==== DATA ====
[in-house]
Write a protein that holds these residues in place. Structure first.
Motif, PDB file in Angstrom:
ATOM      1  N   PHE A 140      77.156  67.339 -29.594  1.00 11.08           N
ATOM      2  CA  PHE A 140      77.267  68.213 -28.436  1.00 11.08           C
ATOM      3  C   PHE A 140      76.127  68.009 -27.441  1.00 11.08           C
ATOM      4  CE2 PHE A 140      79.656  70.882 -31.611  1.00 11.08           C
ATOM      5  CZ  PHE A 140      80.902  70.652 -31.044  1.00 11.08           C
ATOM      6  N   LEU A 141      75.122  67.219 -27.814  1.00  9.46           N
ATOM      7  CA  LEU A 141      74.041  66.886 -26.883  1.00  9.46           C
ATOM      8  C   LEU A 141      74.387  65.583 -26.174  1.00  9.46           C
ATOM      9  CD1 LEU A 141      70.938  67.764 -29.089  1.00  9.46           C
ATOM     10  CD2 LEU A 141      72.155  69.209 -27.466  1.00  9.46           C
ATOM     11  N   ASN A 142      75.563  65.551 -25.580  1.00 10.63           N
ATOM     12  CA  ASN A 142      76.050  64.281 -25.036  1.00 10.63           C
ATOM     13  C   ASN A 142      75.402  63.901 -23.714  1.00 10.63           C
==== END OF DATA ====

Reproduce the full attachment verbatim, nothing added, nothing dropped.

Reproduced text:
[in-house]
Write a protein that holds these residues in place. Structure first.
Motif, PDB file in Angstrom:
ATOM      1  N   PHE A 140      77.156  67.339 -29.594  1.00 11.08           N
ATOM      2  CA  PHE A 140      77.267  68.213 -28.436  1.00 11.08           C
ATOM      3  C   PHE A 140      76.127  68.009 -27.441  1.00 11.08           C
ATOM      4  CE2 PHE A 140      79.656  70.882 -31.611  1.00 11.08           C
ATOM      5  CZ  PHE A 140      80.902  70.652 -31.044  1.00 11.08           C
ATOM      6  N   LEU A 141      75.122  67.219 -27.814  1.00  9.46           N
ATOM      7  CA  LEU A 141      74.041  66.886 -26.883  1.00  9.46           C
ATOM      8  C   LEU A 141      74.387  65.583 -26.174  1.00  9.46           C
ATOM      9  CD1 LEU A 141      70.938  67.764 -29.089  1.00  9.46           C
ATOM     10  CD2 LEU A 141      72.155  69.209 -27.466  1.00  9.46           C
ATOM     11  N   ASN A 142      75.563  65.551 -25.580  1.00 10.63           N
ATOM     12  CA  ASN A 142      76.050  64.281 -25.036  1.00 10.63           C
ATOM     13  C   ASN A 142      75.402  63.901 -23.714  1.00 10.63           C